“I stand by the department’s policy. [In our bylaws] there is a section called ‘Discrimination’…we can’t give preferential treatment for one group over another on the basis of color,” says SFPD Public Information Officer Dewayne Tully. “If a car is stopped and the driver is African American, that is beside the point. There has to be a reason why we stop the car. If it turns out they are disproportionate, it simply means they were committing more violations.”

In the 1970s, the War on Drugs hit its peak with Americans fighting to keep drugs from entering their communities. In the 1980s, President Ronald Reagan advised the country to “Just say No” and catapulted racial profiling into the limelight before the term was even coined. A 1980s Drug Enforcement Administration (DEA) study showed that most drugs were imported into the communities through highways. The DEA informed U.S. citizens that those distributing the drugs were Latinos and Blacks, ages 18-30.

“So officers at checkpoints weren’t looking for speeders, they were looking for the description: ‘oh he must be drug dealer. Pull over. If you don’t have anything on you then you shouldn’t worry, and you should let us ,’” says Kenneth Meeks, the author of the book Driving While Black and editor of Black Enterprise magazine.

“And when they’d [find] someone who was a drug dealer, with $30 million worth of drugs in their trunk, these paydays were reasons to continue the practice,” says Meeks. “They think, ‘We stopped 15 cars, sure it was an inconvenience to all the other drivers, but we got this one guy so it’s worth it.’”

* * *

Born and raised in San Francisco, Mexican-American Julio Ibarra, 29, estimates he’s been profiled more than 100 times in the city.

“If you’re anywhere from 18 to 25, don’t look professional, [driving] in an Escalade with a couple of your friends, then they’ll fuck with you — because if the car looks that good, either it [has] stolen parts or the person’s dealing drugs,” says Ibarra.

Most, if not all, of Ibarra’s and Tiger’s friends, colleagues, and family, who are mostly people of color, have been racially profiled by an SFPD police officer. For the few who are white, they’ve been mistaken for “white-trash” because of one-too-many tattoos.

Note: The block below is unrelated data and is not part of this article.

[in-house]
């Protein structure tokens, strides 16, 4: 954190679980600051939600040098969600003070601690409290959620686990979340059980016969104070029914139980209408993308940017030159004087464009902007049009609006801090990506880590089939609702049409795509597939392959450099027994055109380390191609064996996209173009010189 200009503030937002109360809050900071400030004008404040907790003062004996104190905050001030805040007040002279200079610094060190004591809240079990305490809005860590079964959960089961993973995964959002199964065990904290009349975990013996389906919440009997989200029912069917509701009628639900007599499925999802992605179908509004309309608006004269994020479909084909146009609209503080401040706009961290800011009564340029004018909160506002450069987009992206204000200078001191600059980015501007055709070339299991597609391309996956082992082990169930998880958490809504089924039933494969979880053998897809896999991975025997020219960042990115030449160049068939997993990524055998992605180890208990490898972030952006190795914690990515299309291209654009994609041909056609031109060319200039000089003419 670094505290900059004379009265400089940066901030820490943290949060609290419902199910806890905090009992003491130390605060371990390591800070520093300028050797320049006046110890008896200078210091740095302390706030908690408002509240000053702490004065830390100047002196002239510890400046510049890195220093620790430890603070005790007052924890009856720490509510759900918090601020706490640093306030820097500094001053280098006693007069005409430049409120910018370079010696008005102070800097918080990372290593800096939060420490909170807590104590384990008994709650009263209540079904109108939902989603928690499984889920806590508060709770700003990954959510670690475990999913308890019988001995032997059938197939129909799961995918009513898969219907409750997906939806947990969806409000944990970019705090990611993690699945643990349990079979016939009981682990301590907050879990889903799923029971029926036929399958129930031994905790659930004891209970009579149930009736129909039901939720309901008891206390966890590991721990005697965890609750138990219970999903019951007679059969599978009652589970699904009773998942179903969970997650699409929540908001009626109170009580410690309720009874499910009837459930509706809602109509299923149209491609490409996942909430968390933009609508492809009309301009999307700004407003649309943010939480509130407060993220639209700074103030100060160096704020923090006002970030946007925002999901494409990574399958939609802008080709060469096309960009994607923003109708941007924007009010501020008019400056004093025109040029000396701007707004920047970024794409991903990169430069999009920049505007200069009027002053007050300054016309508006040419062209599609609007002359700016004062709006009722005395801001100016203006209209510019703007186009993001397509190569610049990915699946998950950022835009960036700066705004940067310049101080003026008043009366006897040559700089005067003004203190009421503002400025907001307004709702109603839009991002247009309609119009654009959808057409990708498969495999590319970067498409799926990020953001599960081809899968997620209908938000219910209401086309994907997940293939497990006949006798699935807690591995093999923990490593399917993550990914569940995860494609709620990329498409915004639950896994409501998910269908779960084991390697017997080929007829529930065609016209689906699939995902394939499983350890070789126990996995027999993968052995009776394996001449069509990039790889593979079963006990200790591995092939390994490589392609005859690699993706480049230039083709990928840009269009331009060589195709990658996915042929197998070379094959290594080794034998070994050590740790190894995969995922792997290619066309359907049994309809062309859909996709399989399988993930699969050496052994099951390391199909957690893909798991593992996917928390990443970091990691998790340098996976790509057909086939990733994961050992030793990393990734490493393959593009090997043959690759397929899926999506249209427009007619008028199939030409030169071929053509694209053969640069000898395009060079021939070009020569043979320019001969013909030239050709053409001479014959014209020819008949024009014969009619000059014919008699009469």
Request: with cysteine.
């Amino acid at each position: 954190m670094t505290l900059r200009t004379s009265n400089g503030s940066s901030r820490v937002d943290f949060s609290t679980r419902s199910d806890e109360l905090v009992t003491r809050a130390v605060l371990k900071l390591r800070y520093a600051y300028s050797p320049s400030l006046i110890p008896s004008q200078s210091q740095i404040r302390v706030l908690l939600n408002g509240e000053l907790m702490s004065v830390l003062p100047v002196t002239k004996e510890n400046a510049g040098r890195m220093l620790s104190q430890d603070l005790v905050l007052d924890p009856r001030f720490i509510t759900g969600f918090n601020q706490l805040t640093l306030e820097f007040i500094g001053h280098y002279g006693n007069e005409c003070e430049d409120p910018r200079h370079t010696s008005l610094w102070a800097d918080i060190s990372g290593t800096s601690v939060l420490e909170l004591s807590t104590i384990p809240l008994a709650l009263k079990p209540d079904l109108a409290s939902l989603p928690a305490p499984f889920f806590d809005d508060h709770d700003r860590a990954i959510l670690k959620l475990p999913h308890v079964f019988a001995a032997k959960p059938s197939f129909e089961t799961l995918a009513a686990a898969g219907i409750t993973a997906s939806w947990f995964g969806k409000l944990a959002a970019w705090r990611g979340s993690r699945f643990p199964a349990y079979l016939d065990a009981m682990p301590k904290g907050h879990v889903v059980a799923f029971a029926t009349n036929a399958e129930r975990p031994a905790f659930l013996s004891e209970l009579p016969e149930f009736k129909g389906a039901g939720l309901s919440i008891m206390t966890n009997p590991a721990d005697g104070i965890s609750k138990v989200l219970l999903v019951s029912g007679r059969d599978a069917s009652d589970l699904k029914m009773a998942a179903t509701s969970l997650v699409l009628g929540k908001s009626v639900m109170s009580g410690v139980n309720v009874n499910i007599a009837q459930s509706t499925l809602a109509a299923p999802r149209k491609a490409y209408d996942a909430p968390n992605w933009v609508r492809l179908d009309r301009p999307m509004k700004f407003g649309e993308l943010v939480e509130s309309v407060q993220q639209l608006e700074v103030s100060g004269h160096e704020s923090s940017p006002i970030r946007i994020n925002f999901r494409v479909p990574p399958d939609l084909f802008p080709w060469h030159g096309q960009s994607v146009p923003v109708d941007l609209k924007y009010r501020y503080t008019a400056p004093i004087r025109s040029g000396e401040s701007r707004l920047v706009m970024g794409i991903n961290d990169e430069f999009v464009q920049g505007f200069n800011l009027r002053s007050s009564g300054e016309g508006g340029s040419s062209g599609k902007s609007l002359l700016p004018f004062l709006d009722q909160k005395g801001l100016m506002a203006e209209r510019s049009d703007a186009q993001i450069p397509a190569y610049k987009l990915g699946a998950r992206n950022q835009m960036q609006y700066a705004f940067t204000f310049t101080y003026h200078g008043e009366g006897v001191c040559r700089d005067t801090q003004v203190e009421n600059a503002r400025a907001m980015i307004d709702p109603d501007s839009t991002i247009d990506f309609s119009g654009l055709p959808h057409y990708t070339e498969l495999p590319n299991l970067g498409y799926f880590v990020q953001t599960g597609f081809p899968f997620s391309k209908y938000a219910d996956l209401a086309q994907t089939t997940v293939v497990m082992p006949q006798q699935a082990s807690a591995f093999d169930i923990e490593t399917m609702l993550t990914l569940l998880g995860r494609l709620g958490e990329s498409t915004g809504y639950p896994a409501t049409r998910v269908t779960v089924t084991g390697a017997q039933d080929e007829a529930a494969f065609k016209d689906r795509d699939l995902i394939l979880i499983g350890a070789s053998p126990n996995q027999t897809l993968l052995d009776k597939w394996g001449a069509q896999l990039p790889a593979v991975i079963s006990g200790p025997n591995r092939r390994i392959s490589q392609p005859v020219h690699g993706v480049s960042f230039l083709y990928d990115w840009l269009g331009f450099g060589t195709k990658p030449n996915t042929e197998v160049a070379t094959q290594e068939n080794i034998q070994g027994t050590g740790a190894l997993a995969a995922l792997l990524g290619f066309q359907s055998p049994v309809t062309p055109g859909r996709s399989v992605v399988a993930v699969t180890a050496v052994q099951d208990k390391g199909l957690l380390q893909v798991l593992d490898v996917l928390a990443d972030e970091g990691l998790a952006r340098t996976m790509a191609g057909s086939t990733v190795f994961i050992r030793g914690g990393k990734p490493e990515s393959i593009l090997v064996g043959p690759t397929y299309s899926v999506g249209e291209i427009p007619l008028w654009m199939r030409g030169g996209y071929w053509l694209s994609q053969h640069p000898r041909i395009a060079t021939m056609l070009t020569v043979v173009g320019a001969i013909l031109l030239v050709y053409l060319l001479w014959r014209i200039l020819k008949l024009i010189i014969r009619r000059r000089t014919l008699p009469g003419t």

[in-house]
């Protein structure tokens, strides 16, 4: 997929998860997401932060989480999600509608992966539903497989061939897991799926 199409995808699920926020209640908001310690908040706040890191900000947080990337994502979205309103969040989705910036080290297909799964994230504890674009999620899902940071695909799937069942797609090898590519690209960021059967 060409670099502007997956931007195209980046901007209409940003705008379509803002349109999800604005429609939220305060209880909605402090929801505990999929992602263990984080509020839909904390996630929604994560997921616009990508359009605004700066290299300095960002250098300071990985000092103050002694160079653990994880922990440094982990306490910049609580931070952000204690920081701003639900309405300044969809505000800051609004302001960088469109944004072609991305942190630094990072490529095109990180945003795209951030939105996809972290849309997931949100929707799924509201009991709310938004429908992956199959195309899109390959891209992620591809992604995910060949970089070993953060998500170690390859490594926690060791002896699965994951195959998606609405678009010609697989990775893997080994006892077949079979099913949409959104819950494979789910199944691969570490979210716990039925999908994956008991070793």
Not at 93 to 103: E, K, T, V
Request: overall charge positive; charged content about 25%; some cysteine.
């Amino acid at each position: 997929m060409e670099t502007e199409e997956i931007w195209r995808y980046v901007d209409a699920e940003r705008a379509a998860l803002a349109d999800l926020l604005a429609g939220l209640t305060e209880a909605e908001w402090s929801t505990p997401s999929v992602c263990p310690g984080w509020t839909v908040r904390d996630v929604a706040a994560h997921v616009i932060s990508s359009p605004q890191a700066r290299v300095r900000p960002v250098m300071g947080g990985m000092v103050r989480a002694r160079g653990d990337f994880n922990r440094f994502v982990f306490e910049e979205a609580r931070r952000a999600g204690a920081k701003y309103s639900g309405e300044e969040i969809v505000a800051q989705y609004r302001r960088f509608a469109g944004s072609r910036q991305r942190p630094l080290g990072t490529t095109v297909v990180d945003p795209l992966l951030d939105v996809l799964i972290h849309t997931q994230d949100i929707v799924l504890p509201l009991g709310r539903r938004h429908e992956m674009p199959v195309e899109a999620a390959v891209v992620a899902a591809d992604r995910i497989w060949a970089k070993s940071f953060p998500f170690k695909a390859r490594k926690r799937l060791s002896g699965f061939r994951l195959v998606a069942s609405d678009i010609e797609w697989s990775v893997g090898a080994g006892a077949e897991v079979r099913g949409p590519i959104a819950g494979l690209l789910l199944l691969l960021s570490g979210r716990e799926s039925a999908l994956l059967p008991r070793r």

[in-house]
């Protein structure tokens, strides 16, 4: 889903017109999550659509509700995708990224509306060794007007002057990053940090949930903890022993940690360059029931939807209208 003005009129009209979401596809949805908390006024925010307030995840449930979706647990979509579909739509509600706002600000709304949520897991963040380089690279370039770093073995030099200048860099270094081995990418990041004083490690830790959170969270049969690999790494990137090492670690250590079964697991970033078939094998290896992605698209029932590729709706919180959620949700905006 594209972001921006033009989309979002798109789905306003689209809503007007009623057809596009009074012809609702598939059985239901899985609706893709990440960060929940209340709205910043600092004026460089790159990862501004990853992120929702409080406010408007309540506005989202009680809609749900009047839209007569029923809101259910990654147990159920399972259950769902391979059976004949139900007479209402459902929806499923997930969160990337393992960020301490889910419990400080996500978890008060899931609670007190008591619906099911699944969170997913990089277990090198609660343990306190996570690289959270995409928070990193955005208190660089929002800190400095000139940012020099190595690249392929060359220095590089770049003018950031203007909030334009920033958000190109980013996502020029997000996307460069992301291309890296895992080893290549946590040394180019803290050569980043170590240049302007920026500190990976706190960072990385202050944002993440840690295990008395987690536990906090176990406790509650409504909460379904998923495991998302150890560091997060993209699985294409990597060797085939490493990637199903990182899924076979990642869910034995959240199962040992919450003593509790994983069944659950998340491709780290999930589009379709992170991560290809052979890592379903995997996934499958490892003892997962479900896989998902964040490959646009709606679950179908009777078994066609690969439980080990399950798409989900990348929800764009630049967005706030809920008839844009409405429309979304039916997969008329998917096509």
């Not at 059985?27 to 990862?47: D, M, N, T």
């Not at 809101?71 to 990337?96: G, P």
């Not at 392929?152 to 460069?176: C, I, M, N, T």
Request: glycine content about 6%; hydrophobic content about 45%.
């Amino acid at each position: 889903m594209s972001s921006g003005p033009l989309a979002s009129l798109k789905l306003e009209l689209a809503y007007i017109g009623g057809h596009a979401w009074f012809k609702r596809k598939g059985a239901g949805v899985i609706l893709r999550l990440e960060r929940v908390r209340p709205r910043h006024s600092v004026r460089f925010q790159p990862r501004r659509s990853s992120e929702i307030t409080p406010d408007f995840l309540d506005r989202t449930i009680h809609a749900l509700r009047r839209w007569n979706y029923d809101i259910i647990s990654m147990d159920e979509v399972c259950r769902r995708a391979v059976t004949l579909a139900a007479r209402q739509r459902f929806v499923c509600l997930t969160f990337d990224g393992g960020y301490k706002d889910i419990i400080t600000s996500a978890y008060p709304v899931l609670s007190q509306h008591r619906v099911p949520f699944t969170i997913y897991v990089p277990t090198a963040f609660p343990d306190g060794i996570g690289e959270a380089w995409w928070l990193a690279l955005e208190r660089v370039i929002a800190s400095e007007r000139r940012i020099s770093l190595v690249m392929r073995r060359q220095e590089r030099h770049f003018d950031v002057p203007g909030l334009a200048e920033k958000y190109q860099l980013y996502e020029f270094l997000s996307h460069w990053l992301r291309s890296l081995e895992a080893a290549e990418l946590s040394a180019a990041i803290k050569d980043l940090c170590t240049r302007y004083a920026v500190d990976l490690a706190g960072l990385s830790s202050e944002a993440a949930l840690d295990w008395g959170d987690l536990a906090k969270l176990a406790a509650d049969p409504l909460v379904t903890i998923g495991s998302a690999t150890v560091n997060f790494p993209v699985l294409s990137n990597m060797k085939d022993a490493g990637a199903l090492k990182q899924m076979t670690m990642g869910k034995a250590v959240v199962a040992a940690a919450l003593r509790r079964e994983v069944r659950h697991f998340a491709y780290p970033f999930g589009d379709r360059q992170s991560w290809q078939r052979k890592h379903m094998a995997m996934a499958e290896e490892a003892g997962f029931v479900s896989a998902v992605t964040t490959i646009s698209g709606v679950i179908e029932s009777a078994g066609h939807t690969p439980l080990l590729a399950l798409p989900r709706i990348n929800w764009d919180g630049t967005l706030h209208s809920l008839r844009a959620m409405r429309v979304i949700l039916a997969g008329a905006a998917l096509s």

A year ago, Ibarra was driving downtown with one male and two female friends in his ’96 candy-apple red Chevy Impala. The car’s interior was newly finished and the exterior and rims were also new. When the cop pulled him over, he didn’t ask for ID. But Ibarra didn’t hesitate to have all his paperwork in hand — registration, insurance and valid ID.

“I asked if there was a problem, and he said to step out [of] the fucking car, asked me where my shit was, and from who and what location did I get my brand new paint job,” says Ibarra.

Everyone stepped out. The cop started tapping the car with his baton, hitting its side panels, and even sat on it. He then searched the car for five minutes and came out with a bag of weed. Ibarra said it wasn’t his.

“I don’t bring that shit in my car, and my friends know if they do, they’re gonna get their asses beat,” he says. “I told [the officer] if he goes and gets that shit fingerprinted, I bet you won’t find mine.”

The cop let them go.

“Good cops are dead cops, but then you know what, they’ll get away with murder,” he says. “A cop is just like another gang member…part of a well-organized gang that’s well protected by the law.”

Ibarra’s criminal past only makes his situation more difficult. He has been charged for possession of a fire arm, a high speed chase, two attempted murders, assault with deadly weapon, and gang-related rival fights as an ex-member of one of San Francisco’s notorious gangs, Barrio Grande Excelsior. Ibarra lost count of his times to jail after the 20th trip.

“Damn, but just because I’m labeled doesn’t mean I’m an animal,” he says.

* * *

The night Tiger was mistaken for the perpetrator of the club stabbing, the detective at the station complimented his hat, asked him where he usually hangs out and if he uses dope.

“He kept patronizing me, trying to say that I’m a drug dealer. Like I can’t work to get clothes or that I don’t have any other way to get my shit besides selling drugs,” says Tiger.

The SFPD ran a background check on him. Today, as it was then, his record is clean.

The Police officer, Holder and Tully all claim there isn’t any credible evidence that racial profiling exists. Police officers who are found guilty will be disciplined, SFPD says, but to their knowledge, they do not know of any officers who have been disciplined for racial profiling.

Within recent months, racially profiling accusations towards the SFPD have subsided, explains Tully. Its fire may have slowly burnt out from media attention, but does that mean profiling has ended?

“If people are racist, they keep it hidden…they’re not gonna say it. Can you prove it? No,” says Holder. “But you know they’re racist. A gut feeling tells you they are. You get that little hair that sticks up on the back of your neck.”

Both Ibarra and Tiger know this gut feeling very well. It’s the same feeling that haunts them whenever they look in their rear-view mirror and a police squad car trails close behind.

Before Tiger left the cold, foreboding station around 4 a.m. and added this event to the other numerous times he’s been harassed, the detective asked him if he ever thought about joining law enforcement. Tiger answered: “Hell, no. Why would I want to be like you?”